We could not have included number three on this list without bringing up this famous scene from the finale season. So, Walter, stood firmly in the shoes of Heisenberg, meets Declan and his associates in the desert to discuss a deal for methylamine. Furthermore, in a situation that sees Walter outnumbered and outgunned, he does not shy away from flexing on his newfound infamy to bend negotiations in his favour.

As the meeting draws to a close, Walter has one small request of Declan, to “say my name”. Considering his associates backed up Declan, the fact that he caves to Walters demand showcases the psychological power that Heisenberg Wields not just in this conversation but also in every conversation. This power trip is an example of Walter laying down the law and establishing that he is in charge. 

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1. Hank’s Death – Season Five, Episode Seven

Following a shootout between Hank Schrader, Walter’s DEA agent brother-in-law and Jack’s gang of thugs, Hank is left wounded on the ground staring destiny in the face. Walter does all he can to reason with Jack to spare Hank and put this situation to bed, but it is to no effect and Hank is killed, execution-style on the spot.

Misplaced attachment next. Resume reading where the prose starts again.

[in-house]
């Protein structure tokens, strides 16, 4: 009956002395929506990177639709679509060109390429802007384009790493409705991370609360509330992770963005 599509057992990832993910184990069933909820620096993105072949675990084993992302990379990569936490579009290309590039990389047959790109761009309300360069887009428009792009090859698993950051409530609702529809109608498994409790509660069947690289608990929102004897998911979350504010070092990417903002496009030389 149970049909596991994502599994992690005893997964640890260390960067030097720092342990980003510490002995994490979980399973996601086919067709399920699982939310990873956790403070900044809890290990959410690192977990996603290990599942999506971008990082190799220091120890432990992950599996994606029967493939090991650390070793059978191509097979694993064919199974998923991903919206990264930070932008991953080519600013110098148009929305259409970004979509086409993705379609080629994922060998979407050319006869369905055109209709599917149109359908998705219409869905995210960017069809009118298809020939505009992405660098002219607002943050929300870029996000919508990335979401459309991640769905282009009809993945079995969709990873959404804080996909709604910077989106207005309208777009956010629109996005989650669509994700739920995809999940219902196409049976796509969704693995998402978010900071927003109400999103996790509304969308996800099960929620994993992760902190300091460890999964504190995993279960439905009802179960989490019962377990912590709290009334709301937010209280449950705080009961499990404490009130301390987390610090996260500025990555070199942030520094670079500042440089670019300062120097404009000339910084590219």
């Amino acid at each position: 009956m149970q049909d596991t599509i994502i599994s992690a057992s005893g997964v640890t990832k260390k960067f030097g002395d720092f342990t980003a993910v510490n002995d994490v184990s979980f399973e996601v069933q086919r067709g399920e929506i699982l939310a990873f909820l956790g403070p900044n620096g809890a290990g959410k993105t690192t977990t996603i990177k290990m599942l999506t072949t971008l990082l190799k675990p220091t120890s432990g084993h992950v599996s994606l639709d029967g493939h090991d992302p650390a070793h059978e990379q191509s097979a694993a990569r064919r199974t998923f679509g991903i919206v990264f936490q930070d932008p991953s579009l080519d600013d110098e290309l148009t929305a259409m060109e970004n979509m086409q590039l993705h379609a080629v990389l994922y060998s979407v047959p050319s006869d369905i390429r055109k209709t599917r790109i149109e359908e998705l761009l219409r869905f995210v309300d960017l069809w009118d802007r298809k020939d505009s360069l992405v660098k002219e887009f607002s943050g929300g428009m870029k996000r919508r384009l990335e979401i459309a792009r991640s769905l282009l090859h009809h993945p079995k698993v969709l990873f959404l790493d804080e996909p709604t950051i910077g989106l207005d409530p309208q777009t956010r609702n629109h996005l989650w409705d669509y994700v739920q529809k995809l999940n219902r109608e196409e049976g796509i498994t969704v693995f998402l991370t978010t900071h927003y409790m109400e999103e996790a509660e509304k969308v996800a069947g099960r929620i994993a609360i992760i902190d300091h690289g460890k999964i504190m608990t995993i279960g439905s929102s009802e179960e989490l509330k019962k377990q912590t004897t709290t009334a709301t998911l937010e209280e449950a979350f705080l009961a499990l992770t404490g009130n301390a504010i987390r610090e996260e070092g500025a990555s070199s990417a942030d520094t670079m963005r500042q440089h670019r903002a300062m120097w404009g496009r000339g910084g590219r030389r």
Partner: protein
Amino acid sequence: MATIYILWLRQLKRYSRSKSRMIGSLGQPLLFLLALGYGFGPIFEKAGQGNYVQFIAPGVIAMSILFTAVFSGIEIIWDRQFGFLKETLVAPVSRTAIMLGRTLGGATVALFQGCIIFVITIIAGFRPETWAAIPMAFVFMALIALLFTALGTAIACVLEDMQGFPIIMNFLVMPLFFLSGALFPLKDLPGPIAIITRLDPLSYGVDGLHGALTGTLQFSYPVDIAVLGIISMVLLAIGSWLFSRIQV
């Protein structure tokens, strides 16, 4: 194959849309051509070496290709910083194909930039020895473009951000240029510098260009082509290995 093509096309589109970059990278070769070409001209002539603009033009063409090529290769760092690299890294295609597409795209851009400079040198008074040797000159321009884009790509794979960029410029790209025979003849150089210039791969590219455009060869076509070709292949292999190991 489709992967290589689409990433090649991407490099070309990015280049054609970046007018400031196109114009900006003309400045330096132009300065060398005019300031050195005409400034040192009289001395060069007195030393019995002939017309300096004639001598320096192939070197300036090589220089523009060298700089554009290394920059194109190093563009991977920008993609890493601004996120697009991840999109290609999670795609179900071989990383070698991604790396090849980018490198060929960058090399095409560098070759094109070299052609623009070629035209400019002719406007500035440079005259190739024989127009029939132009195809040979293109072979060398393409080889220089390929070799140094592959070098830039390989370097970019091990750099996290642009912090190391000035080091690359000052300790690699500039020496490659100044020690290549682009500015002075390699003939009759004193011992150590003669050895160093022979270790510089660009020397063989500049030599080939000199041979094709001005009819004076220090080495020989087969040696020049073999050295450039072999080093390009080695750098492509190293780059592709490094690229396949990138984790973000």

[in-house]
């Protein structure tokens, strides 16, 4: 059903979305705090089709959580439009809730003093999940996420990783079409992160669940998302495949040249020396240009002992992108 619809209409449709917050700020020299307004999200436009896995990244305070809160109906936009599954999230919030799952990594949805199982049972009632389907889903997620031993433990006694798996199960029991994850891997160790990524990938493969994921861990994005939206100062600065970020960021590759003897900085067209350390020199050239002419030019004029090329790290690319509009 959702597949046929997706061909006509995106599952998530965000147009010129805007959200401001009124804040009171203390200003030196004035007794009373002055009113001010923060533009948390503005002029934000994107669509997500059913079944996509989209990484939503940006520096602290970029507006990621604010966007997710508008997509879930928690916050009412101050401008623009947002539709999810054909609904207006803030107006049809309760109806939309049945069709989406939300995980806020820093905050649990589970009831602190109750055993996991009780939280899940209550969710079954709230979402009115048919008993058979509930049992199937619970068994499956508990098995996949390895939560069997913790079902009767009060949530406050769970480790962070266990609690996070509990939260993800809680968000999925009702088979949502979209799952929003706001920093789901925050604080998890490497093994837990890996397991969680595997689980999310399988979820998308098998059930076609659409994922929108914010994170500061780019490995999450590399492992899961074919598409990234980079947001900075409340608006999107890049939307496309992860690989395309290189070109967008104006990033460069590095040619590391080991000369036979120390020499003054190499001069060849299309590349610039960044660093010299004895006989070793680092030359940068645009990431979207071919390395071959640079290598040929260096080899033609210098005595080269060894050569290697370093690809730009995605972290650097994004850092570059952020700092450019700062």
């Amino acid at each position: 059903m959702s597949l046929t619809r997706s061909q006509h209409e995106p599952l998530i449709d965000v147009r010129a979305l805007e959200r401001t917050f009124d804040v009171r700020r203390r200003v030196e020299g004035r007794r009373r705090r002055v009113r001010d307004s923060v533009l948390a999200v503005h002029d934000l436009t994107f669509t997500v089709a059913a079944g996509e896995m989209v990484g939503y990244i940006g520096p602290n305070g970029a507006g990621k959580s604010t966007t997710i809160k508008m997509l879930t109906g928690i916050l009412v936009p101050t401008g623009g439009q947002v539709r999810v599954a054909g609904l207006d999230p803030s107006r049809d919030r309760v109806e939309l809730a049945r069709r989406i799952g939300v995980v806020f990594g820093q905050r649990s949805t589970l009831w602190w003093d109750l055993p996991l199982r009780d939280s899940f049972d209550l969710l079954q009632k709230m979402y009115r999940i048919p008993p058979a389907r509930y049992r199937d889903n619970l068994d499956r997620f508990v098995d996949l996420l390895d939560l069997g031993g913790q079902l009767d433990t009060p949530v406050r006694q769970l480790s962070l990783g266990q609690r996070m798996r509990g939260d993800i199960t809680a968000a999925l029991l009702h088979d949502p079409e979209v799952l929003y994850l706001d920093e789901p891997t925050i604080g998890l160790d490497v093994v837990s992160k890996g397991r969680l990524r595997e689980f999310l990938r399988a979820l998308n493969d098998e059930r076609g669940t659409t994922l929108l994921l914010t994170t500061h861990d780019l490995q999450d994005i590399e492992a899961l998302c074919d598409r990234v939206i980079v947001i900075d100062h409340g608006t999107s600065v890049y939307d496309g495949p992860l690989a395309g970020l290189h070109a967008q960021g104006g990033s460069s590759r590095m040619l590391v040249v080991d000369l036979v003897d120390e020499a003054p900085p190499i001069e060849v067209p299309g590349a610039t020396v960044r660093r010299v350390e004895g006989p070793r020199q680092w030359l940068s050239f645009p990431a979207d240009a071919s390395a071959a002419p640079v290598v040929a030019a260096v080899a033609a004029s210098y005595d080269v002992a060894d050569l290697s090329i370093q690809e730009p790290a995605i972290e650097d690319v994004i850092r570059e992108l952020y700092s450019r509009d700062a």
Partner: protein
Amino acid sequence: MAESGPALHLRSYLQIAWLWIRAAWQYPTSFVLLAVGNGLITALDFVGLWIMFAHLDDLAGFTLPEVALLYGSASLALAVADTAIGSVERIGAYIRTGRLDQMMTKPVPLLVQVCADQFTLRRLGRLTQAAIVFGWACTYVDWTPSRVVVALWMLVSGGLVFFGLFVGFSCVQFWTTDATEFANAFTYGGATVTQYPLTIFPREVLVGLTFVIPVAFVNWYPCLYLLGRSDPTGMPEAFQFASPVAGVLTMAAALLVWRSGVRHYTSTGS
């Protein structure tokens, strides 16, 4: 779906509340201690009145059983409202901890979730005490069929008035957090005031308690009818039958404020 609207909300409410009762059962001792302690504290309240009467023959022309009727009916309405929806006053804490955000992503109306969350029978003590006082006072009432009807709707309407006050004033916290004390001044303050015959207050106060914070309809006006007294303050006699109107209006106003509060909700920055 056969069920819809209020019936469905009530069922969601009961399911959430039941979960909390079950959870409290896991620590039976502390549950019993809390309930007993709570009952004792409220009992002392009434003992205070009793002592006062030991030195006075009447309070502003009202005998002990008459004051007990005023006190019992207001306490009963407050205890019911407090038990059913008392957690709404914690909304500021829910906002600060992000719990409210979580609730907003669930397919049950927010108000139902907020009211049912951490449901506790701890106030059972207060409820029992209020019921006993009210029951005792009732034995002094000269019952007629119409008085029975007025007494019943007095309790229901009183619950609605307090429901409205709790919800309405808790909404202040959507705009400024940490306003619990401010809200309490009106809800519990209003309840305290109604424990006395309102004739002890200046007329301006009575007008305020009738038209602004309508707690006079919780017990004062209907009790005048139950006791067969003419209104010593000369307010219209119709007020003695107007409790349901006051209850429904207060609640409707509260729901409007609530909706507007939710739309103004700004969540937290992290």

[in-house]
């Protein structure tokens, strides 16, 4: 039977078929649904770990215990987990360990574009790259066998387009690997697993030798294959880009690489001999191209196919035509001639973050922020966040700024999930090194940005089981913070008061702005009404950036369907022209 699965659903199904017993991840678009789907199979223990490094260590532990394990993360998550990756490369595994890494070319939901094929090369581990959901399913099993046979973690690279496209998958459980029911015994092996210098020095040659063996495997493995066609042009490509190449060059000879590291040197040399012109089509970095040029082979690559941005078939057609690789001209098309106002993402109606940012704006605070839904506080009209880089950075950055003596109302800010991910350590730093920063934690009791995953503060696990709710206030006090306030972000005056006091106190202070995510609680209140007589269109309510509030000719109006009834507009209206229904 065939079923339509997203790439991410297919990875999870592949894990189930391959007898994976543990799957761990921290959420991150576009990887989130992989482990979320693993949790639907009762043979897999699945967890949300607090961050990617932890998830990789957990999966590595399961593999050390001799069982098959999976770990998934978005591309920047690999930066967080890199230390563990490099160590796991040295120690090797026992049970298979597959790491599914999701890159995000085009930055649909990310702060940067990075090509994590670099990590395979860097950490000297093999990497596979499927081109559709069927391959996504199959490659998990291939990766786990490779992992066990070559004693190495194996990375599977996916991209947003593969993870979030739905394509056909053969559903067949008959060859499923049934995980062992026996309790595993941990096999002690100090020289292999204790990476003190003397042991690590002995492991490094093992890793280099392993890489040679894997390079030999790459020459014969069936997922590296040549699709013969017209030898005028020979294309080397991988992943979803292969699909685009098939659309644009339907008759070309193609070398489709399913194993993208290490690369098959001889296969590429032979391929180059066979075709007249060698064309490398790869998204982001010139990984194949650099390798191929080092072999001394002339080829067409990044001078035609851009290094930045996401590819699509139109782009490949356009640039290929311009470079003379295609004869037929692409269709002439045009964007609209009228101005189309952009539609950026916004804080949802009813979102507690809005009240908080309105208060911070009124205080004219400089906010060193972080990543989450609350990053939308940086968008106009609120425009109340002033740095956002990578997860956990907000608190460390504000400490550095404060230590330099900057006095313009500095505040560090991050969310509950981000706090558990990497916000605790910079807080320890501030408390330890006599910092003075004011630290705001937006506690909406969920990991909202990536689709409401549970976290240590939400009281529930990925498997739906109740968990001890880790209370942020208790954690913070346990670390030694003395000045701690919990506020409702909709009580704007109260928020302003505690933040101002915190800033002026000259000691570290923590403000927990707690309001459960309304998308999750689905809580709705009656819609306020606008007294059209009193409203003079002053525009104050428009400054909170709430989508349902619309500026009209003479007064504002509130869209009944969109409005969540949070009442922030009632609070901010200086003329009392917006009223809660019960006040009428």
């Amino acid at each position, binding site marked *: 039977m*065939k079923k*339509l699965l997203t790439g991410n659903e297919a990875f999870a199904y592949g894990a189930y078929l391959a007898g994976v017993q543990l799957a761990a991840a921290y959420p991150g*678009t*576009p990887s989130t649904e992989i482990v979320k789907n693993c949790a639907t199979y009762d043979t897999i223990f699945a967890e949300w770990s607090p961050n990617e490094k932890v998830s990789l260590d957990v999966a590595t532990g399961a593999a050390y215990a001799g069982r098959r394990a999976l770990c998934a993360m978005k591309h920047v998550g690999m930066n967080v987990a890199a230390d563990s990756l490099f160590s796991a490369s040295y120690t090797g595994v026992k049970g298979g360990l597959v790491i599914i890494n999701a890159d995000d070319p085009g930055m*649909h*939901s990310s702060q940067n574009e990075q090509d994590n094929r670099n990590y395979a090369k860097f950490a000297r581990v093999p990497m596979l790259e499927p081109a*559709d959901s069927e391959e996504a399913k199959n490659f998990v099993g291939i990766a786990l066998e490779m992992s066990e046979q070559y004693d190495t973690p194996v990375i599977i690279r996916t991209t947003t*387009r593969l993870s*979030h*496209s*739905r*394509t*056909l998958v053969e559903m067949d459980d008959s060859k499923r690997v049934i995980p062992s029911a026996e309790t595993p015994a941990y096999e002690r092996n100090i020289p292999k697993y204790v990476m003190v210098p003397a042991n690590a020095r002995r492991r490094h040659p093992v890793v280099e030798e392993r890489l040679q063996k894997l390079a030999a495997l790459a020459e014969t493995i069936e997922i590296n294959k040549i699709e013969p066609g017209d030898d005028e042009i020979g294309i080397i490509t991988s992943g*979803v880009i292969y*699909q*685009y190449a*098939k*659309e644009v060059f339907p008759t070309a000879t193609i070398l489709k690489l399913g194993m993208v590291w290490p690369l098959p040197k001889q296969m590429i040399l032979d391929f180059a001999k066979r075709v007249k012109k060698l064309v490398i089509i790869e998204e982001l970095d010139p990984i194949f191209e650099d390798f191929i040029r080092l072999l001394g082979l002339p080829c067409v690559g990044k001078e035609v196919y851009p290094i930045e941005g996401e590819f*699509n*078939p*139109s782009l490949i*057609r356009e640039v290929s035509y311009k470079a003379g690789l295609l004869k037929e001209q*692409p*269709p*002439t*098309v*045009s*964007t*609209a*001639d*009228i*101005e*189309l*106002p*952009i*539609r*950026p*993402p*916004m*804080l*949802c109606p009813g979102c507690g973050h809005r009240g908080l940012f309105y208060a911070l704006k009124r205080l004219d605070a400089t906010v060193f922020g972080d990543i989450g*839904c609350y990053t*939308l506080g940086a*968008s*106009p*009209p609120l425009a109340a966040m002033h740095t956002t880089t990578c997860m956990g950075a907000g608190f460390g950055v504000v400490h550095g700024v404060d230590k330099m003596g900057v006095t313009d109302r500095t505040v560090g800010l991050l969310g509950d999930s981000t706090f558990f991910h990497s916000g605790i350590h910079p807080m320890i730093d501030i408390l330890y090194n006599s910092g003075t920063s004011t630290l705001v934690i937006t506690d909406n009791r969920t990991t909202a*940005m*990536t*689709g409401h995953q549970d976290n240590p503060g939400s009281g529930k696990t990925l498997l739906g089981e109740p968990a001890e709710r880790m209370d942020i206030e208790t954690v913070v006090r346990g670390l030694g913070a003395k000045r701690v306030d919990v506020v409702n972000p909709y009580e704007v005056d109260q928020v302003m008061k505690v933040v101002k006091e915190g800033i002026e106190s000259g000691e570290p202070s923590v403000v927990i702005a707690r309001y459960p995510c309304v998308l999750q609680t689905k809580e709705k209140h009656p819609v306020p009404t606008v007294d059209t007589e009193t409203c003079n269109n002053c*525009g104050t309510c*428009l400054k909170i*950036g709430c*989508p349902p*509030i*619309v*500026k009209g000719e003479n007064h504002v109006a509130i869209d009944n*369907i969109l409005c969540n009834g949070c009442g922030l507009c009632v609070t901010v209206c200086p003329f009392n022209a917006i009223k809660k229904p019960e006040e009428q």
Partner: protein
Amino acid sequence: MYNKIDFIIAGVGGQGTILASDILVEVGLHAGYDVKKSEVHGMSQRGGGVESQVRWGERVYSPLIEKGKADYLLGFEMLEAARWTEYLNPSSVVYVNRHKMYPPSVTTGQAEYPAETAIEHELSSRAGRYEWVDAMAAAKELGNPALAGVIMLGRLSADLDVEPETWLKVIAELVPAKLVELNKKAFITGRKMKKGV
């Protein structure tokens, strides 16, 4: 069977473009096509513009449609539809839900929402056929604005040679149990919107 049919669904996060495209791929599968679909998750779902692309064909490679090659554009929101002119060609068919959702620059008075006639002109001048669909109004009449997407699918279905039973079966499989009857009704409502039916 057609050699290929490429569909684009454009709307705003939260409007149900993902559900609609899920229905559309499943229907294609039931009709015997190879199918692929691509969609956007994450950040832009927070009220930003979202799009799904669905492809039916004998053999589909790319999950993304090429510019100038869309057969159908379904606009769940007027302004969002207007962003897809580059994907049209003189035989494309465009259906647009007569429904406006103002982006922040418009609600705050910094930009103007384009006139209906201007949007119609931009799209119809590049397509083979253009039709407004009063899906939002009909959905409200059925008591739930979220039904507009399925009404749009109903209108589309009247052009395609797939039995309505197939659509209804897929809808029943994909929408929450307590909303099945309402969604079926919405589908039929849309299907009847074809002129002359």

This scene represents a significant turning point in the entire television series. It is one of the most significant consequences Walter faces as a result of his criminal aspirations. It also bookmarks the beginning of the end, the point by which Walter truly loses control over the situation. For much of the show, he was in the driving seat, however, he is no longer steering the ship. 

Final Words

So there you have it, Breaking Bad: Five Scenes that Defined the Show. Vince Gilligan’s infamous crime drama Breaking Bad has gone down in television viewing history and for good reason. So, it is the ultimate ‘from rags-to-riches to rags’ story that helped establish the modern pass-time of box-set binging.  

Anyone who is remotely familiar with Breaking Bad knows that this list barely scratches the surface of famous scenes and quotes so stay tuned for an indefinite Breaking Bad: Five Scenes that Defined the Show part two. Looking for a new film to stream on Netflix? Check out our formal review of Motley Crue: the Dirt for a high octane, drug-fuelled extravaganza.